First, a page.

So what am I really getting at here? I’m trying to explain how I think about climate change.

Among the Believers

Max Boot, as part of his conservatism-renunciation tour, has been pestering me about climate change. Once a skeptic, he now proudly shouts all of the shibboleths of climate-change alarmists. He “believes” in science. And science speaks in one voice about the issue. The scientists — a monolithic bloc in his telling — have not only incontrovertibly diagnosed the problem, but they have also prescribed the only solution. And anyone who disagrees with either the diagnosis or the prescribed remedies must be doing so for one of two reasons: They are either prostitutes for the fossil-fuel industry or science-denying brainwashed ideologues.

Much like a man who thinks he can ride a wild polar bear to work because that way he can use the HOV lanes and park in the electric-car spots at his office garage, this is a stupid idea, I think, for a lot of different reasons.

First of all, while Boot’s depiction of Big Oil might be music to the ears of the green Left that still thinks the world looks like a Thomas Nast cartoon — with titans of industry portrayed as pigs at a trough or fat cats in fancy suits — that’s not the reality. Max wants a carbon tax. That’s an intellectually defensible position. But you know who else favors a carbon tax? ExxonMobil. You know what else ExxonMobil does? They spend huge amounts of money on low-carbon R&D. They just closed on the biggest wind and solar deal in the industry.

As for the notion that everyone else who disagrees with him is an ensorcelled science-hating ideologue, Boot needs to get out more. There are scads of people who are vastly more well-versed in the science than either of us who reach an array of different conclusions other than those of the chicken-little caucus. That doesn’t mean they’re all right — they can’t all be right because they have meaningfully different points of view — but it also doesn’t mean they’re all luddite ideologues. Roger Pielke, John Horgan, Judith Curry, Matt Ridley, Bjorn Lomborg, Ronald Bailey, Steve Hayward, and many others are serious people, many of whom concede the reality that man is changing the environment and climate in undesirable ways, but they get demonized by the climate-change industrial complex for poking holes in, or dissenting from, the groupthink.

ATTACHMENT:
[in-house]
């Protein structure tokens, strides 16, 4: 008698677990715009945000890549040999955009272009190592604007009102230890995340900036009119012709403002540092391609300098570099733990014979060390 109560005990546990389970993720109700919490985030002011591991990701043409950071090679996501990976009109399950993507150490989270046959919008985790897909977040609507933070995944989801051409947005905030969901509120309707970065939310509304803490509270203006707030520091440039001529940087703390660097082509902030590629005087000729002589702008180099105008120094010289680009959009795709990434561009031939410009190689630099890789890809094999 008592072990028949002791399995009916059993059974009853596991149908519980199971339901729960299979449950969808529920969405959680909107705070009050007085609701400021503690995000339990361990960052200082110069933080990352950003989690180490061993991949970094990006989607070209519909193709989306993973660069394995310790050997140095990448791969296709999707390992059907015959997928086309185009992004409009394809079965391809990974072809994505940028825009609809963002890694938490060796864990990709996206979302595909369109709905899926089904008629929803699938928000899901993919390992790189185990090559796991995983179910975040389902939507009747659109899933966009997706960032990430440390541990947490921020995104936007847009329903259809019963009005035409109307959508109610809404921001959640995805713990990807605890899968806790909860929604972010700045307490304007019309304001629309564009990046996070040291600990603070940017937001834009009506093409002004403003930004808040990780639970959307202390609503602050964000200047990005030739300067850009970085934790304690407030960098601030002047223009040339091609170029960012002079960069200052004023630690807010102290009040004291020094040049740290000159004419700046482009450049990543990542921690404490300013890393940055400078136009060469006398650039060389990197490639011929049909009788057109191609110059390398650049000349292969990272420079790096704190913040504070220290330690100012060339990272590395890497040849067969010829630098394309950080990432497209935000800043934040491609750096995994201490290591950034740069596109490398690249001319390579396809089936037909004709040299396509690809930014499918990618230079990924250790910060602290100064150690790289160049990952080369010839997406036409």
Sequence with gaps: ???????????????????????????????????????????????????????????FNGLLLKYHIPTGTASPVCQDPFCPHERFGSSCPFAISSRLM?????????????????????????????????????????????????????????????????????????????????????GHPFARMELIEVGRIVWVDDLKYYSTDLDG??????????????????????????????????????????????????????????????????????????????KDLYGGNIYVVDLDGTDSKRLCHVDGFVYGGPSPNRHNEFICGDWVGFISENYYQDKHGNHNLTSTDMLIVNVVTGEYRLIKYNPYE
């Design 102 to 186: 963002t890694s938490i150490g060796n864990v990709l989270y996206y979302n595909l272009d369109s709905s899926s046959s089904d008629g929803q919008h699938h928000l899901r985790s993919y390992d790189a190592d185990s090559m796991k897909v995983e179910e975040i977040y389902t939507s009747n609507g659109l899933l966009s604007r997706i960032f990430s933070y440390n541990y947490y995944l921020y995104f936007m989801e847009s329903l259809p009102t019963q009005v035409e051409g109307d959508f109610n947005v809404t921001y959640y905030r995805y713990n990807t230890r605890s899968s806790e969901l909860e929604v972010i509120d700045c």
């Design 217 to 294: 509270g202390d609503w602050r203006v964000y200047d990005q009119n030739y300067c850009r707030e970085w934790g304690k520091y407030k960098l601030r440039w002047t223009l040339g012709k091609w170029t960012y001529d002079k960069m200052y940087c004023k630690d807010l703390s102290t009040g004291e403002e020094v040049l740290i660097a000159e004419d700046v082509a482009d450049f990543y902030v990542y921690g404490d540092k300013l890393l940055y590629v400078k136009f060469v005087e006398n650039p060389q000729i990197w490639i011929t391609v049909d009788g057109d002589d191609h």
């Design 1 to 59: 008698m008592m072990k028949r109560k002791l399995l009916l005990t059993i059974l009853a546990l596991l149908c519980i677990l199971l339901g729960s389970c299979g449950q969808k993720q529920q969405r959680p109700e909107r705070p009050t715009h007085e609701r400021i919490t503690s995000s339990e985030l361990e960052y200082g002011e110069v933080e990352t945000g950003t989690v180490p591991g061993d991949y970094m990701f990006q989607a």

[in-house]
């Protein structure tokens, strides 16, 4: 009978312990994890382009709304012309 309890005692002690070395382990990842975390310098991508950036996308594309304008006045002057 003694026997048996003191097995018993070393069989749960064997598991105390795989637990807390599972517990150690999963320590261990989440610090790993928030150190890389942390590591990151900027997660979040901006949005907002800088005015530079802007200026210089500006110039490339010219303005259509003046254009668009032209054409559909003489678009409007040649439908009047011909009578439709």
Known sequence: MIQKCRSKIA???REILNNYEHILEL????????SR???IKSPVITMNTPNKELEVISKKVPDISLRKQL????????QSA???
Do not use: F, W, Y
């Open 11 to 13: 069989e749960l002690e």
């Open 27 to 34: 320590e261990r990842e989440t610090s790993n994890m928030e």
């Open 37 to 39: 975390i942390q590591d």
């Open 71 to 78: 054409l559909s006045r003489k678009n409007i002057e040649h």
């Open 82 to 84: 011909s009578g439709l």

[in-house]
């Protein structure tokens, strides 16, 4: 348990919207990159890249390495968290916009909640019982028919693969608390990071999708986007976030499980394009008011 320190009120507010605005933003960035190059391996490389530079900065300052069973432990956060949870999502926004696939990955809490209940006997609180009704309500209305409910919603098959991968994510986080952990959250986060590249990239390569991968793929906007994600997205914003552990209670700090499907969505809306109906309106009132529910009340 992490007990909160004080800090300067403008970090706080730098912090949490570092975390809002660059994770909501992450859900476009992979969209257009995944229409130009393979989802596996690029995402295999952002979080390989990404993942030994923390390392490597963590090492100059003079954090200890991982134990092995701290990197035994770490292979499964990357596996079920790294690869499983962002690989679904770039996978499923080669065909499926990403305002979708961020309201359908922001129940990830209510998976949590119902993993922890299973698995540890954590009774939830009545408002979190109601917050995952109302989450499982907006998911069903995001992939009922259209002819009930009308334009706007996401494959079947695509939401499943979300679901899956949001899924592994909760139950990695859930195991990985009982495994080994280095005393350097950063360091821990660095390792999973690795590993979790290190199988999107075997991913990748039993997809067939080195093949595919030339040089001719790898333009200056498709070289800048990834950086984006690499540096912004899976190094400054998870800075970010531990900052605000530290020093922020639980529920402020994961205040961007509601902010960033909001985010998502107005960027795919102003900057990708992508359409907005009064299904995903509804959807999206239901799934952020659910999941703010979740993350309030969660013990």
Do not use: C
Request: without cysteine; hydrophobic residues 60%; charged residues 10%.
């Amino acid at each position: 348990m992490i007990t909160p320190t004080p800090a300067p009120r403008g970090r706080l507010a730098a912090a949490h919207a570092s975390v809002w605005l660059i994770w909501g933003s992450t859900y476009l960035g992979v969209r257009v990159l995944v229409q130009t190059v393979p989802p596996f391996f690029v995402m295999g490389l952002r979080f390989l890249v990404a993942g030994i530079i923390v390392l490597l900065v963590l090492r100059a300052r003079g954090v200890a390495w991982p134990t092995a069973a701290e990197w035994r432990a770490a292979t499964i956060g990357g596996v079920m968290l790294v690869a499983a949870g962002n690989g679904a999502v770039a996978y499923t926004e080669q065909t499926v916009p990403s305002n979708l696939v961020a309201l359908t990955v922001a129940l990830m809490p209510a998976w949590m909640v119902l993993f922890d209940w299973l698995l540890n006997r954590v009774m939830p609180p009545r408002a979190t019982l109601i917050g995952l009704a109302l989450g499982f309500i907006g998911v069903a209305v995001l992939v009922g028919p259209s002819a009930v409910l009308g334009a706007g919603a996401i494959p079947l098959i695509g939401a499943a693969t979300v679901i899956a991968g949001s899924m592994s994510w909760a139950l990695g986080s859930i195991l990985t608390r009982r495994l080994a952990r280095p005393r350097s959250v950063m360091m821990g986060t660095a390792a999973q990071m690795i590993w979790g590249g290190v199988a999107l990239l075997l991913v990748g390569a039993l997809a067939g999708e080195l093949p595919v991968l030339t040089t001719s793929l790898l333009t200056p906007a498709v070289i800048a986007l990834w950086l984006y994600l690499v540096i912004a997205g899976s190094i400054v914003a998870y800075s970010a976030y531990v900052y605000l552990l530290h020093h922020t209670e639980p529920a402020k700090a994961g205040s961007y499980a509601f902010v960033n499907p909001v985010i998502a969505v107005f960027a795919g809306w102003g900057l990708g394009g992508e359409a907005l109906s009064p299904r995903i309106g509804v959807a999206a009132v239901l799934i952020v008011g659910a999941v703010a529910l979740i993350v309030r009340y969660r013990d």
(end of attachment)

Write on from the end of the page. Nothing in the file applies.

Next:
From where I sit, it looks like Max, understandably dismayed by the realization that the people he relied upon to do much of his thinking for him are not who he thought they were, has simply decided to let a different group of people do his thinking for him.

But enough (already) about him. My own view of the climate change issue is that it is real. I do not think it is a hoax, though I do think there are plenty of people, institutions, and interests that use the tactics of hoaxers to hype the problem. I assume that the vast majority of them are what you might call “hoaxers in good faith”: They think the problem is grave enough that it is worth exaggerating the claims, hyping the threat, and hiding contrary evidence in an effort to rally public opinion. Others suffer from confirmation bias, immediately believing the worst-case scenarios from wildly complex — and historically unreliable — computer models without checking the math. Just last month, the authors of a widely publicized study saying the oceans were heating up much faster than thought had to issue a major correction.

The 2007 IPCC report claimed “science” proved the Himalayan glaciers would be gone by 2035. In 2010, they had to retract the claim:

The UN’s climate science body has admitted that a claim made in its 2007 report — that Himalayan glaciers could melt away by 2035 — was unfounded.

The admission today followed a New Scientist article last week that revealed the source of the claim made in the 2007 report by the Intergovernmental Panel on Climate Change (IPCC) was not peer-reviewed scientific literature — but a media interview with a scientist conducted in 1999. Several senior scientists have now said the claim was unrealistic and that the large Himalayan glaciers could not melt in a few decades.

Three Cheers for Skepticism

There are really two kinds of skepticism at work here. The first is the skepticism about the science itself, the other is skepticism towards the vast array of interests that benefit from climate hysteria, psychologically, politically, or economically. Both forms of skepticism are utterly defensible. But they shouldn’t be lumped together.